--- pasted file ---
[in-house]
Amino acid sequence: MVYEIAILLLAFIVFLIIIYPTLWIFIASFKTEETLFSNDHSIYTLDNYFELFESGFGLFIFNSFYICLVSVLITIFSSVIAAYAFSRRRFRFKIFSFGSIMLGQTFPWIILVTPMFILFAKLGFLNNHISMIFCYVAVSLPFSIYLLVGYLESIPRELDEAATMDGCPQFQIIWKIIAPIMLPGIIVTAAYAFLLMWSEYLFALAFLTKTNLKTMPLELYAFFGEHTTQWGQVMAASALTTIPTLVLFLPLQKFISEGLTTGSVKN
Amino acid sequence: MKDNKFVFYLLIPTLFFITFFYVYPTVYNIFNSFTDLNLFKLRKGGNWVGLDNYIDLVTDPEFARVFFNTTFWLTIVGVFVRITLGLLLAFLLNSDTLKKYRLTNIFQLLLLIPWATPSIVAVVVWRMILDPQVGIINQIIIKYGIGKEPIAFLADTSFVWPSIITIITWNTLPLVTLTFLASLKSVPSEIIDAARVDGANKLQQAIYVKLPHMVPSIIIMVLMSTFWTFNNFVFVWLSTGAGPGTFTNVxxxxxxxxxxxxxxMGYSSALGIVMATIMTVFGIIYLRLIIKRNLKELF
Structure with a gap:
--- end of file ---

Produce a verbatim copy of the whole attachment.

[in-house]
Amino acid sequence: MVYEIAILLLAFIVFLIIIYPTLWIFIASFKTEETLFSNDHSIYTLDNYFELFESGFGLFIFNSFYICLVSVLITIFSSVIAAYAFSRRRFRFKIFSFGSIMLGQTFPWIILVTPMFILFAKLGFLNNHISMIFCYVAVSLPFSIYLLVGYLESIPRELDEAATMDGCPQFQIIWKIIAPIMLPGIIVTAAYAFLLMWSEYLFALAFLTKTNLKTMPLELYAFFGEHTTQWGQVMAASALTTIPTLVLFLPLQKFISEGLTTGSVKN
Amino acid sequence: MKDNKFVFYLLIPTLFFITFFYVYPTVYNIFNSFTDLNLFKLRKGGNWVGLDNYIDLVTDPEFARVFFNTTFWLTIVGVFVRITLGLLLAFLLNSDTLKKYRLTNIFQLLLLIPWATPSIVAVVVWRMILDPQVGIINQIIIKYGIGKEPIAFLADTSFVWPSIITIITWNTLPLVTLTFLASLKSVPSEIIDAARVDGANKLQQAIYVKLPHMVPSIIIMVLMSTFWTFNNFVFVWLSTGAGPGTFTNVxxxxxxxxxxxxxxMGYSSALGIVMATIMTVFGIIYLRLIIKRNLKELF
Structure with a gap: